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Disney Has Reportedly Abandoned Plans to Spinoff ESPN; What Does This Mean for Future of Sports Streaming?

Matt Tamanini

Last fall, rumors began circulating that Disney was open to the idea of spinning off ESPN into its own standalone company. At the time, Puck News’ Dylan Byers reported that Disney execs were regularly having discussions about the potential blockbuster move to either selling the sports network or make it a separate entity siloed off from the rest of the Disney entertainment apparatus.

However, according to Byers, those plans have not only been put on hold but they have been completely abandoned for the foreseeable future as well. The revelation comes as the most powerful executives in tech and entertainment are meeting at the Allen & Company conference in Sun Valley, Idaho.

“I’m told reliably by an executive here in Sun Valley that Chapek has now abandoned the effort to spin off ESPN,” Byers reports. “This sudden turnaround almost certainly reflects a recognition that live sports, the linchpin of the entire linear ecosystem, will be even more significant to Disney’s bottom line in a world where the streaming landscape is uncertain.”

In May, somewhat surprisingly, Disney CEO Bob Chapek commented that the company was looking to launch a fully-featured ESPN streaming service that would not only include the exclusive content found on current subscription streamer ESPN+, but also all of the programming found on the network’s myriad linear channels. At the time, the exec said that the service would be “the ultimate fan offering,” finally uniting all of Disney’s live sports rights, commentary, and studio shows under a single streaming umbrella.

If the company’s research turned the idea of spinning off ESPN into making it a standalone streaming service, that would make a modicum of sense given the increasing migration towards streaming and the sports-networks’ unique place in the content world. Given ESPN’s prestige positioning in sports broadcasting and its expansive cadre of live sports rights, it should be no surprise that the network is poised to be a long-term revenue generator for Disney as the entertainment environment evolves.

Live sports rights are by far the most valuable asset for most media companies, whether they be traditional broadcast networks, cable channels, or streaming services. Live, exclusive content that appeals to millions of fans deeply invested in the product has become a cornerstone to the programming plans for entertainment companies as the television landscape becomes increasingly crowded and diversified. The lure of live sports even led Netflix to get involved in bidding on live rights for the first time, before ultimately losing out to ESPN for the next round of Formula 1 racing rights.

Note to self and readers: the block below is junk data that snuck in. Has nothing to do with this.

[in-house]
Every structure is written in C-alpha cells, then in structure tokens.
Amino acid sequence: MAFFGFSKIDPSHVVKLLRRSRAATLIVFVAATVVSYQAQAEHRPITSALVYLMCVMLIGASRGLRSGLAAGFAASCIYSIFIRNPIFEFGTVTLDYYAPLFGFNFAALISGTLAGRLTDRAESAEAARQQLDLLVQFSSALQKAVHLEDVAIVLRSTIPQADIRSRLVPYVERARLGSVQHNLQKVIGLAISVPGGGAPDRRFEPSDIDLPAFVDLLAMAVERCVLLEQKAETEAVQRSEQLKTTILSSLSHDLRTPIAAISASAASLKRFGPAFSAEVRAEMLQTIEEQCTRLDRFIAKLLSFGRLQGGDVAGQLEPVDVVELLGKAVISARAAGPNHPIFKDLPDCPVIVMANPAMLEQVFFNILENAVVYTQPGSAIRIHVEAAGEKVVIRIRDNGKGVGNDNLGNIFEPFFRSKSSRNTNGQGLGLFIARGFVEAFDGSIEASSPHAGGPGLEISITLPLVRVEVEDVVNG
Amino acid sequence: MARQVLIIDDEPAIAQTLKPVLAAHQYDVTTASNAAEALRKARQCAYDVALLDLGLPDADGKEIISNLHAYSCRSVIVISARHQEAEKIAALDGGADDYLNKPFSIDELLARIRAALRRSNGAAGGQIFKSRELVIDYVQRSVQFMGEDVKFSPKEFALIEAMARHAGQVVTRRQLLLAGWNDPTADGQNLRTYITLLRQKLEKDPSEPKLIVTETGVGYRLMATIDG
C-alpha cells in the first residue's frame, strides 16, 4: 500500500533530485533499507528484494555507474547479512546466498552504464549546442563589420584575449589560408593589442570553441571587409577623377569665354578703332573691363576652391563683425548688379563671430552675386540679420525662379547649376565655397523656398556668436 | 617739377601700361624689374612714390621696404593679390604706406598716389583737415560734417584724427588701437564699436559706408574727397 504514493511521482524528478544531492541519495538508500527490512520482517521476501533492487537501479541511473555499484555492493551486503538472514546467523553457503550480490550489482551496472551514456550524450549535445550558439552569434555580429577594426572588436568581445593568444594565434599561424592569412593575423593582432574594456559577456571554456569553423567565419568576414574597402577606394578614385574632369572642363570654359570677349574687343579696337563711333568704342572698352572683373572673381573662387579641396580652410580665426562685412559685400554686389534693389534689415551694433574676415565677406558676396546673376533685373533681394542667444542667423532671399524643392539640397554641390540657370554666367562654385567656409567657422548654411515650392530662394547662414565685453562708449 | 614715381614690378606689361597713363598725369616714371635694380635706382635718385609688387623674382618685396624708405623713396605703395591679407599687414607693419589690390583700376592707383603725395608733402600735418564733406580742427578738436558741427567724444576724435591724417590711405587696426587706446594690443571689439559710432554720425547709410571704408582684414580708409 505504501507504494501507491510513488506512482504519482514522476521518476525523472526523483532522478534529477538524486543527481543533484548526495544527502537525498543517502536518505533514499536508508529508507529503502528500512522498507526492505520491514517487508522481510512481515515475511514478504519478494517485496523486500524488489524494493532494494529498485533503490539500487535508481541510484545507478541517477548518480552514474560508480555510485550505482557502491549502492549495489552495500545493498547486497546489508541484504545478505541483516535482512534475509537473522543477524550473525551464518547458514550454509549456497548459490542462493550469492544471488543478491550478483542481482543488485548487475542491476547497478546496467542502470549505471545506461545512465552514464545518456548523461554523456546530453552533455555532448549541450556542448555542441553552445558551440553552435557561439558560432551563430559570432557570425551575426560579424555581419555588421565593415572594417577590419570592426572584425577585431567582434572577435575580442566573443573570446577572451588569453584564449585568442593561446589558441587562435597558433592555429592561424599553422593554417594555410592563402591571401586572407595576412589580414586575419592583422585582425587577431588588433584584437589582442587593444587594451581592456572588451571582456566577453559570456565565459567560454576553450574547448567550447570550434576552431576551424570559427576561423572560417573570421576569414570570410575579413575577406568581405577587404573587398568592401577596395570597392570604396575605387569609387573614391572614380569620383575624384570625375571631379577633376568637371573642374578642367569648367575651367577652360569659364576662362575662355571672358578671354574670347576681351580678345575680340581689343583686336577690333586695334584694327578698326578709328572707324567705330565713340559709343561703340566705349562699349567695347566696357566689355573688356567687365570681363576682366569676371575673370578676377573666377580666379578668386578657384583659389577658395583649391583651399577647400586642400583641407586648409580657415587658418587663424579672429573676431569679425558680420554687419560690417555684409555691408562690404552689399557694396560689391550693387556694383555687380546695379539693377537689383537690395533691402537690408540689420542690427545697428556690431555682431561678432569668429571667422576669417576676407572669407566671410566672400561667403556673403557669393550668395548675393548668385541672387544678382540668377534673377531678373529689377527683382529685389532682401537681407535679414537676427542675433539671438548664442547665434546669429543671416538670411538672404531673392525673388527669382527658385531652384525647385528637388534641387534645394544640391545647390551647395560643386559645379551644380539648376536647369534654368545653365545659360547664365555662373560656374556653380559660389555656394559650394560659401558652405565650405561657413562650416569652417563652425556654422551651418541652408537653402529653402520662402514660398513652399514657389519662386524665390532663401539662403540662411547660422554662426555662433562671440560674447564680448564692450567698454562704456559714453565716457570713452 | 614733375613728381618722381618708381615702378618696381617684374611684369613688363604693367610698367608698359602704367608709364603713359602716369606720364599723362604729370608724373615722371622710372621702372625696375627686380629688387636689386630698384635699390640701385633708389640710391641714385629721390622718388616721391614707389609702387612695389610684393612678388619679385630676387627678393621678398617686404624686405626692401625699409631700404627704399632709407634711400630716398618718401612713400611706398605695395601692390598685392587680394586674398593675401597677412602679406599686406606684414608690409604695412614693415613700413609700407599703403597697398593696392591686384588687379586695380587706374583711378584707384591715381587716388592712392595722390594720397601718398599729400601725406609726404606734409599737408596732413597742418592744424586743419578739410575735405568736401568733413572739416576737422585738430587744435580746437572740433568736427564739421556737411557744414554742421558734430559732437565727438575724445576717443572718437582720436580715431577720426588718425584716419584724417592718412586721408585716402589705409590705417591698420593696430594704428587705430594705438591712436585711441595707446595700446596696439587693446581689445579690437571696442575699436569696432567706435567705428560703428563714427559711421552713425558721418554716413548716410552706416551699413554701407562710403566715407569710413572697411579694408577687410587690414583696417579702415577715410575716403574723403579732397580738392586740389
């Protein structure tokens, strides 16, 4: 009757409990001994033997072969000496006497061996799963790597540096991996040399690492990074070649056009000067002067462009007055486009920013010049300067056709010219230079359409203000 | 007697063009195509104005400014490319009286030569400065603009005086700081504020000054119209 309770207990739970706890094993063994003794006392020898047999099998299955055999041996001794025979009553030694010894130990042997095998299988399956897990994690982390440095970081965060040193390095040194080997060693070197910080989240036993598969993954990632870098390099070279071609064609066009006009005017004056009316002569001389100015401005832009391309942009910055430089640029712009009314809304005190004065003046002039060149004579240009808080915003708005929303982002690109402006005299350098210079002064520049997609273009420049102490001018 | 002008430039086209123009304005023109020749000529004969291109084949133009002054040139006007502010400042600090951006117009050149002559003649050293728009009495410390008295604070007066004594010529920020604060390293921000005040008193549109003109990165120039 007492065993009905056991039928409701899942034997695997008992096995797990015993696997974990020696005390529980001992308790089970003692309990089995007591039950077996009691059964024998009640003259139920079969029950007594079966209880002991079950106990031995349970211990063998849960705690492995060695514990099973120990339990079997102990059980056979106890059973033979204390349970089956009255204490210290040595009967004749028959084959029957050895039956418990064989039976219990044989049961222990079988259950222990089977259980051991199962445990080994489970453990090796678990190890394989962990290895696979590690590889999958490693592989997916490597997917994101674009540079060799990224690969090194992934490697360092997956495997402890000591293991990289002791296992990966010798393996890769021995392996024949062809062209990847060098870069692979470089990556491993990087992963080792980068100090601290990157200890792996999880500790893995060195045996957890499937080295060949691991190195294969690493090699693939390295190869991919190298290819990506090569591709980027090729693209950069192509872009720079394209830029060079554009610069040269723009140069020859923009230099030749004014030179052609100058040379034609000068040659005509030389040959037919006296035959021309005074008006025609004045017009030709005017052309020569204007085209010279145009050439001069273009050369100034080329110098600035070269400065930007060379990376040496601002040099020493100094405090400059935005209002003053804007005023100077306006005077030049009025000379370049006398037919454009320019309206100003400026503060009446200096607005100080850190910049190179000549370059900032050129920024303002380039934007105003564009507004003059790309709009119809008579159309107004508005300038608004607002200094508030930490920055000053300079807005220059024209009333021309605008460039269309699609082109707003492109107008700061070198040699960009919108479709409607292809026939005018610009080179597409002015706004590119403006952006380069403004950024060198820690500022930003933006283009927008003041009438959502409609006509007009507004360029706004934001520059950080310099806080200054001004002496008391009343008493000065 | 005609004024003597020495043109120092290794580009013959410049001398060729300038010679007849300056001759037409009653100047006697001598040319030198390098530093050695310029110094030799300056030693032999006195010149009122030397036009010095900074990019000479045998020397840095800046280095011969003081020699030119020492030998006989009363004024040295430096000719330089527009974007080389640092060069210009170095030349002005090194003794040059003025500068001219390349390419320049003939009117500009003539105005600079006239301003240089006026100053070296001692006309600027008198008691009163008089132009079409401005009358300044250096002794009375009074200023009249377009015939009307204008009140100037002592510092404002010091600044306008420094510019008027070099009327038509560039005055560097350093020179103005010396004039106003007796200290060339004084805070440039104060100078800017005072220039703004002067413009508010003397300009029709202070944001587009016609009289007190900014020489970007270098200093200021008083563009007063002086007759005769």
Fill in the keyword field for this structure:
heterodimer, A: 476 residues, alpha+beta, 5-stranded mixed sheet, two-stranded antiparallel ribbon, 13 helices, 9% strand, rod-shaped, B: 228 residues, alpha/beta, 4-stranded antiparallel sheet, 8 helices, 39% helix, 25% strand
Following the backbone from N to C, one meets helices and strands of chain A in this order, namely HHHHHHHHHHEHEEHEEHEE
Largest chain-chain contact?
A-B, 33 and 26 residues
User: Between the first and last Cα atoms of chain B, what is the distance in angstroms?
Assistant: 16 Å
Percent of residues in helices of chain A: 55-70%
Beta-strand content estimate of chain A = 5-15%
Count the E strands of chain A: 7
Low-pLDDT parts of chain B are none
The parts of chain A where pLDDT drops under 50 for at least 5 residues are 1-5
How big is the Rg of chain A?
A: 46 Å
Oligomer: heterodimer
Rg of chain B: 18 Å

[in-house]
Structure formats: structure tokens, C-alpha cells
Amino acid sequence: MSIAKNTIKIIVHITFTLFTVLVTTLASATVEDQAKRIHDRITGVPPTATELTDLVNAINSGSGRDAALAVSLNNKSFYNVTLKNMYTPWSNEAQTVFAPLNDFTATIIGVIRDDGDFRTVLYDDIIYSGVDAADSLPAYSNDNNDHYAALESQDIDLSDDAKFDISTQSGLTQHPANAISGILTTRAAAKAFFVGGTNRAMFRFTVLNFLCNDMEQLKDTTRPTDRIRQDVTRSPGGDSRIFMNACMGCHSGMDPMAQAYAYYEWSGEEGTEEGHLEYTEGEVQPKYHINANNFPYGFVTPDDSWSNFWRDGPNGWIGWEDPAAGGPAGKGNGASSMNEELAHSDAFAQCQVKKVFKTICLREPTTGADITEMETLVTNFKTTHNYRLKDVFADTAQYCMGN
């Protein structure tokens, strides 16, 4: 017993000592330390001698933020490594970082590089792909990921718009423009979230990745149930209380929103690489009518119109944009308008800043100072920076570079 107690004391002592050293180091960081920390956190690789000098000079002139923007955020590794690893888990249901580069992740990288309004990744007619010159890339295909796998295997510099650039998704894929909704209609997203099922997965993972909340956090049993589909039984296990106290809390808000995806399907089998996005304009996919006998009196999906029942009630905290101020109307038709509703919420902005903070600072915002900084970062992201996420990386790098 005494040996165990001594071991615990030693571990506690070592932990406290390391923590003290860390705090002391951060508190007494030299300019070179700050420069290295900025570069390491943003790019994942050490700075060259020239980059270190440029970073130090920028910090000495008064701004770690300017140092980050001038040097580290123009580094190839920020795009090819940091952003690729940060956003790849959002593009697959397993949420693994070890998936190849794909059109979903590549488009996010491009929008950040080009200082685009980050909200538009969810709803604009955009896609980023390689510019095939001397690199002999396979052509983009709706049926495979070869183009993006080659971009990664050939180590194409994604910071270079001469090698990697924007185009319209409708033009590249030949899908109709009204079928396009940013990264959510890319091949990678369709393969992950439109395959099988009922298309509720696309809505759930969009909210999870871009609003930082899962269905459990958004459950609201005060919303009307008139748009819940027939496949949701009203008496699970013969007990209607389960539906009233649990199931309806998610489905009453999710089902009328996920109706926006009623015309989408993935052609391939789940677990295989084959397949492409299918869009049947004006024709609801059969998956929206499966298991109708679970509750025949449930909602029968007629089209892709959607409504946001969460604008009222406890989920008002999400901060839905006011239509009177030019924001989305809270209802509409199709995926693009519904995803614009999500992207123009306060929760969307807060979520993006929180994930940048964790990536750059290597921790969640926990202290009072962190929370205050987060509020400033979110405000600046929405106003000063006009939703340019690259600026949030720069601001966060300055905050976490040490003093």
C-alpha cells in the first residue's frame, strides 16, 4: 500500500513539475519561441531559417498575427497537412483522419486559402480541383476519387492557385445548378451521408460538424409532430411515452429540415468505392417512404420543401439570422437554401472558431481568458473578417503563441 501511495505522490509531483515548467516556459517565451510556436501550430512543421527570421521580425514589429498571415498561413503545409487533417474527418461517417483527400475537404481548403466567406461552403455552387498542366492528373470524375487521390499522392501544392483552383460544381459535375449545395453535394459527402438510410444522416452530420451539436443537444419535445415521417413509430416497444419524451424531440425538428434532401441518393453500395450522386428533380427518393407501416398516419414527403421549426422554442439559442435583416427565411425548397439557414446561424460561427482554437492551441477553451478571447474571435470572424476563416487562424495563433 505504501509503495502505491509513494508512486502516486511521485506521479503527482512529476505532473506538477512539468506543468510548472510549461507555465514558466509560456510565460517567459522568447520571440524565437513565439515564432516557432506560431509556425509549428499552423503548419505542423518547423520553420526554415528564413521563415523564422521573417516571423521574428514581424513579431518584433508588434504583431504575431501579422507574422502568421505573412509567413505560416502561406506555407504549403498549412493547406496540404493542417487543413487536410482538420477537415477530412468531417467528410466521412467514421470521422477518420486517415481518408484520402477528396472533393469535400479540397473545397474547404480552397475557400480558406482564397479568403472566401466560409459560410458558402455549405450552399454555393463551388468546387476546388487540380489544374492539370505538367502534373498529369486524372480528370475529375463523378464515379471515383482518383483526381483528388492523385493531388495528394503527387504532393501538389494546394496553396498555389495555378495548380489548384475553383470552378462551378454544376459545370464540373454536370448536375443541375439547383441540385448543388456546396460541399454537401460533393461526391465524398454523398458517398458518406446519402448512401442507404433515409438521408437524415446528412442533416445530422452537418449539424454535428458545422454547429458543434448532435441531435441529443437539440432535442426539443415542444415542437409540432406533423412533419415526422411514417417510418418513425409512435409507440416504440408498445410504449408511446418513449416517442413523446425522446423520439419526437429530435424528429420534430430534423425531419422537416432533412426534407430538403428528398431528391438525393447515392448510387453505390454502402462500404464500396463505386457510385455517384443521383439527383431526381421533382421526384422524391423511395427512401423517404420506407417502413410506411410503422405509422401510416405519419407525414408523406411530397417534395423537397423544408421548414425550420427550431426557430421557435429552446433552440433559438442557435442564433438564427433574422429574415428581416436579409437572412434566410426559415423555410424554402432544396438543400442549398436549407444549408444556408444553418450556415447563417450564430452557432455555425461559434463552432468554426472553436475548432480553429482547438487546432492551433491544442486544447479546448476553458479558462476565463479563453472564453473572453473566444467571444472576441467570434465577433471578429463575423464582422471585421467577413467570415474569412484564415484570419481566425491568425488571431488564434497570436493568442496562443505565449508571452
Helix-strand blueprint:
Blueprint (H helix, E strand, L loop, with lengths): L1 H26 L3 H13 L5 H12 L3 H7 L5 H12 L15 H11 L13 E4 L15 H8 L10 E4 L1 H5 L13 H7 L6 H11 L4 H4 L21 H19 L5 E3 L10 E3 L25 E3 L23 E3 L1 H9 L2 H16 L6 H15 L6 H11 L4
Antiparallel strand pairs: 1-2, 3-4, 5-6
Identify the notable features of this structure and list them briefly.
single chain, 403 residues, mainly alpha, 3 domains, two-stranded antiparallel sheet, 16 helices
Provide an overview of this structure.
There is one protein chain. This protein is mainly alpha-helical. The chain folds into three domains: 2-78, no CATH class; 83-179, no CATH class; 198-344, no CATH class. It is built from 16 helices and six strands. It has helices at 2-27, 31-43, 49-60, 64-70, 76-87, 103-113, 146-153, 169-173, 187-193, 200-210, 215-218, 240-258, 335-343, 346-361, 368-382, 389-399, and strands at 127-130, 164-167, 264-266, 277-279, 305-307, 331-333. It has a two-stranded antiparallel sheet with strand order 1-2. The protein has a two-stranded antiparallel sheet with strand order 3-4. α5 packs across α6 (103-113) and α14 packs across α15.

However, with streaming services — especially Netflix — hitting a bit of a rough patch lately in terms of subscriber acquisition and stock price, it makes sense for Disney to pump the breaks on spinning off one of its most valuable assets, especially one that — as of now — has value in both streaming and broadcast.

The House of Mouse has quickly become a major force in the world of streaming, sitting just 20 million subscribers behind Netflix when combining Hulu, Disney+, and ESPN+ totals — not accounting for overlap. And on the sports side of the equation, the ESPN streamer added 1 million customers last quarter, representing a 62% increase year-over-year. So even though broadcast fees are practically increasing exponentially, it appears that Disney has decided that ESPN’s established linear and streaming hybrid still has value for the company’s greater bottom line.

Whether or not Disney decides to keep the dual approach or opts to eventually offer a completely streaming ESPN option in the future is yet to be seen. But, the company has shown signs recently of being willing to abandon streaming in favor of traditional broadcast opportunities.

In June, Disney decided to spend a reported $3 billion annually on the broadcast TV rights to the hugely popular Indian Premier Cricket league, despite having previously inherited the streaming rights to the league in the company’s acquisition of Fox. That deal expires at the end of this year, and was seen as monumentally important for Disney+ hitting its stated subscriber goals.

Despite being an enormous boon for Disney+'s subscriber numbers, because of the incredibly low cost per streaming customer in India, Disney apparently opted for the more reliable revenue via broadcast than the sustained subscriber growth on streaming.

However, with streaming services getting increasingly involved in bidding on domestic sports, Byers notes that both leagues and broadcasters are becoming concerned that by spreading rights across an ever-growing number of outlets, younger fans — who are less likely to be tied to a traditional TV bundle — are becoming especially disadvantaged, and therefore might choose to essentially opt-out of following their favorite teams and leagues in the future.